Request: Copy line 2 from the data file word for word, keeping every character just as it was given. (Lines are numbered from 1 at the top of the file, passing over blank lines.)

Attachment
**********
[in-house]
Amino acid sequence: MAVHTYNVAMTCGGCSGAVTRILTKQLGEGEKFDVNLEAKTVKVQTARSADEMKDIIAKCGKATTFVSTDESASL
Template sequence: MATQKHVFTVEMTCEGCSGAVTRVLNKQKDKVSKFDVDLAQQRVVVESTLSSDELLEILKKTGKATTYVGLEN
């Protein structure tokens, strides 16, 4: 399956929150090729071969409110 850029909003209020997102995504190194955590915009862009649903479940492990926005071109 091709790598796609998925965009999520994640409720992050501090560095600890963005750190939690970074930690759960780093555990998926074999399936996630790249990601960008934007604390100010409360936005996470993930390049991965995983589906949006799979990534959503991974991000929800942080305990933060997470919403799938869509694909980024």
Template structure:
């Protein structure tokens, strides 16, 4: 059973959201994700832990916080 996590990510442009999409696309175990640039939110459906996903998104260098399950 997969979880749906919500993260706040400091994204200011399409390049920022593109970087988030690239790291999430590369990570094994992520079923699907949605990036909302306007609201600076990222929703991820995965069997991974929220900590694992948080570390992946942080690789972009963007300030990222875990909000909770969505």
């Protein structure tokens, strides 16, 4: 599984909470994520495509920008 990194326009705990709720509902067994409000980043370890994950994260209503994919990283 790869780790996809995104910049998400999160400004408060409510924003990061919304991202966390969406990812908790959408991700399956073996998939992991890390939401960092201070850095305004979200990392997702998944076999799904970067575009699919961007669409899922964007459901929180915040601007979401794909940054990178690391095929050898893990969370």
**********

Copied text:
Amino acid sequence: MAVHTYNVAMTCGGCSGAVTRILTKQLGEGEKFDVNLEAKTVKVQTARSADEMKDIIAKCGKATTFVSTDESASL